An industry with a large number of small firms is usually through to be highly competitive. Is that supposition true of the banking industry? What are the cost and benefits to consumers of the current structure of the U.S. banking industry?
I'm with #3; there are any number of small banks still operating as well as local credit unions. I don't personally know anyone who uses a traditional bank; everyone has switched to credit unions, which are legitimately competitive with the banking system. Still, the more options, the more the bank or credit union has to appeal with their service; I avoid BOA and others because of their failure to put the customer first.
It depends a lot on the context, as other editors above have noted. The concept of the economy of scale is key, as we have found that larger businesses without a small number of separate wings are actually able to do things cheaper and more efficiently because of their size and financial clout.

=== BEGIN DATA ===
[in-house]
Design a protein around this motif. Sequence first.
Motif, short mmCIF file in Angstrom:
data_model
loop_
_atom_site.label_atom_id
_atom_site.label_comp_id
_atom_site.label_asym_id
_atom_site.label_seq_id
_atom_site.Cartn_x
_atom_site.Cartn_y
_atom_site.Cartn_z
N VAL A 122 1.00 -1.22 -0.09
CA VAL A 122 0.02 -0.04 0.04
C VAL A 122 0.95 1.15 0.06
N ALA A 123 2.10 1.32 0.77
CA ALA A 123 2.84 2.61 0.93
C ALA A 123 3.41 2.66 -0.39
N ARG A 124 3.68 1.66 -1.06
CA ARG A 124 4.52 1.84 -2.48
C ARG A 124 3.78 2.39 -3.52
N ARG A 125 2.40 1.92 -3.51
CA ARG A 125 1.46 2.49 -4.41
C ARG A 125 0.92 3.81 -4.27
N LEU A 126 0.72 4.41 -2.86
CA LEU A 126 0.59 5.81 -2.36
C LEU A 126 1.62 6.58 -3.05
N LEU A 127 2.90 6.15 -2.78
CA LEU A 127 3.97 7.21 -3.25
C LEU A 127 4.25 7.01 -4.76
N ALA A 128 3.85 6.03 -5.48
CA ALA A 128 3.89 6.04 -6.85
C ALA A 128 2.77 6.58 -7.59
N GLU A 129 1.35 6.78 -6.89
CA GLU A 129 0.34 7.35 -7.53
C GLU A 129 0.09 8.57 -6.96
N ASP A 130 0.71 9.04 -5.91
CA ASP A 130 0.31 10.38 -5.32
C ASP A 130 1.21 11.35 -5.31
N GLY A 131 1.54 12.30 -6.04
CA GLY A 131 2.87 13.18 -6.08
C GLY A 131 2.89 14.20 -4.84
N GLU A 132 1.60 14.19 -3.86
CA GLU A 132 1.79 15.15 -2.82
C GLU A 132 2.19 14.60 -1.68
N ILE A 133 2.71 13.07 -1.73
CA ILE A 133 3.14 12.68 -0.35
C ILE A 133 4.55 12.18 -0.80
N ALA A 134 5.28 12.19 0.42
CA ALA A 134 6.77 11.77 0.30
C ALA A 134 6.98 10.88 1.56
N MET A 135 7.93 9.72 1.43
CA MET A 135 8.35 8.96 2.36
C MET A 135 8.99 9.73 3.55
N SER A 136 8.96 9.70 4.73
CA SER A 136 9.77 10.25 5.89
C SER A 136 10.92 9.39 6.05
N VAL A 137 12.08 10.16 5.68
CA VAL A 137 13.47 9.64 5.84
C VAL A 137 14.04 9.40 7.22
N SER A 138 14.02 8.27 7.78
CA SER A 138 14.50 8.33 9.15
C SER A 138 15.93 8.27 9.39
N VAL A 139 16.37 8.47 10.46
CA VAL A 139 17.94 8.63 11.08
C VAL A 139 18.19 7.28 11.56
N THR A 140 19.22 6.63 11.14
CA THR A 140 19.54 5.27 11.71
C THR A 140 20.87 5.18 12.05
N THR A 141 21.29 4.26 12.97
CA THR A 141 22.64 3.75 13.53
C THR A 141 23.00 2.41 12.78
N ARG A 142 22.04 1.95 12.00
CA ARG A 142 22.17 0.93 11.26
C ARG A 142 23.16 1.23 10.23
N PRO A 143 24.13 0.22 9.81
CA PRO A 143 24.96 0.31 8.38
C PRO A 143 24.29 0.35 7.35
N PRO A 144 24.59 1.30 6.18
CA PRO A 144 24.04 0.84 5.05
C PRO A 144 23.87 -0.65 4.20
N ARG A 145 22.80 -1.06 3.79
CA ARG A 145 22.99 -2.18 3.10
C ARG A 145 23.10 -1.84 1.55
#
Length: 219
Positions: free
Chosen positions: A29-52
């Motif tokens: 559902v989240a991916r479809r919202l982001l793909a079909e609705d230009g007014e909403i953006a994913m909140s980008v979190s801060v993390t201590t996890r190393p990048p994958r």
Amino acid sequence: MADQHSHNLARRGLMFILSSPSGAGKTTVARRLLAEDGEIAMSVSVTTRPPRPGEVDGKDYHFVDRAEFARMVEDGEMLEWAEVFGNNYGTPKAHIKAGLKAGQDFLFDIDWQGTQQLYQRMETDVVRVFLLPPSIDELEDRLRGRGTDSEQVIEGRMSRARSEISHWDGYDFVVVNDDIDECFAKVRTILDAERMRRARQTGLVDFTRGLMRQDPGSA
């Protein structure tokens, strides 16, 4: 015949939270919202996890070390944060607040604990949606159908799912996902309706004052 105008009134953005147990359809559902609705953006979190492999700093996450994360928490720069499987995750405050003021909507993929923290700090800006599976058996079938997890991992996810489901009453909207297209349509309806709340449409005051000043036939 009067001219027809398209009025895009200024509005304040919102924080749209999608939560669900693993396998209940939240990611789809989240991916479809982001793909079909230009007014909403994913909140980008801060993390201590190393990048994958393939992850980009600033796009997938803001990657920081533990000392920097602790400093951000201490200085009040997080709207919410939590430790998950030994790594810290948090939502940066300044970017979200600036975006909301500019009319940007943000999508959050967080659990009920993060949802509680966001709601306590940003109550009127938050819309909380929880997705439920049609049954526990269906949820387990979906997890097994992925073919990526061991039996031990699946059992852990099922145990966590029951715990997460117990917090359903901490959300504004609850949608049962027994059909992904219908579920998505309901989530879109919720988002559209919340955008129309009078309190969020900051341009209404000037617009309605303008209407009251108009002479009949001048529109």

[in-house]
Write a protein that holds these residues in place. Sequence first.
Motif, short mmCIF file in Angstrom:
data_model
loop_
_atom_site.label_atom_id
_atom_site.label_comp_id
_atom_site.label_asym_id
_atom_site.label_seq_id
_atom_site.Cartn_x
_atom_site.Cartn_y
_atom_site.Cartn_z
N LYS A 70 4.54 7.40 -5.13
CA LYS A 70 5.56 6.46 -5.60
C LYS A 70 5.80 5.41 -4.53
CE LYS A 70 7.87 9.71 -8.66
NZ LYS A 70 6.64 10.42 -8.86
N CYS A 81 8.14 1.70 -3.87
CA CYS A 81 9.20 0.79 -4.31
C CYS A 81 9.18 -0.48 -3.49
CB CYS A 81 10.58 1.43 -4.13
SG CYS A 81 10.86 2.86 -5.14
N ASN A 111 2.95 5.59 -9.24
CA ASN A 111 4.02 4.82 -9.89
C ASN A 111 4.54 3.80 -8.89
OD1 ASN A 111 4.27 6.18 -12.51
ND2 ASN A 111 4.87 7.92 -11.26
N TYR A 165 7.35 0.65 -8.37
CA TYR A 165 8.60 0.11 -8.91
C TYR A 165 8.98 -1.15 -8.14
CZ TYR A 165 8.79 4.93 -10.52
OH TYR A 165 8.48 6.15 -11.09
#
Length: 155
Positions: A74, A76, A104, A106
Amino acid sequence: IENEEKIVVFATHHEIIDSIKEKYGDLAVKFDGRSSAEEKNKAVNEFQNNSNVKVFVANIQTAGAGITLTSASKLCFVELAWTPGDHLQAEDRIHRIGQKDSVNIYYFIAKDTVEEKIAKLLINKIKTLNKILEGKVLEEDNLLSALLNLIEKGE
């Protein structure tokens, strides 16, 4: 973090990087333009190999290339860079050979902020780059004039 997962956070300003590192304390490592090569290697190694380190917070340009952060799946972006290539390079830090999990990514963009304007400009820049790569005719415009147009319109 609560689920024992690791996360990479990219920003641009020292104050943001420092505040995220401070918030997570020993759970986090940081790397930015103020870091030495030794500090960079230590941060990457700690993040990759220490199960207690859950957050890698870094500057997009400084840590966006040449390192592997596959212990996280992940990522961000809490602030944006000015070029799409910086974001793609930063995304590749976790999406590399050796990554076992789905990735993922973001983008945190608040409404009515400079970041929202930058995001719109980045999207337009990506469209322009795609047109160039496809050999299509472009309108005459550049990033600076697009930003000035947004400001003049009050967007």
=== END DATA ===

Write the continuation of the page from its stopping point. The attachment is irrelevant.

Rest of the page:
Much depends upon how strong the anti-monopoly and anti-price-fixing legislation is that applies to the banks. Banks are in an especially good position to lobby politicians so that the marketplace is less competitive than it might otherwise be.
When it comes to banking, there is quite a bit of competition among each other. They have to compete for customers.However, they are all starting from a position of wealth and considerable power. For example, think of the interest rates that they charge on credit cards. And now consider the interest they pay on accounts! It is robbery in many ways. This is why Elizabeth Warren wants the government to regulate this area. In light of this, I would say that they are not competitive enough.
This is really only true if there are no economies of scale in the industry. If there are economies of scale, then larger firms are able to provide goods or services for lower prices. I would argue that there are economies of scale in banking that make it easier, for example, for large banks to offer cheap credit cards to their customers.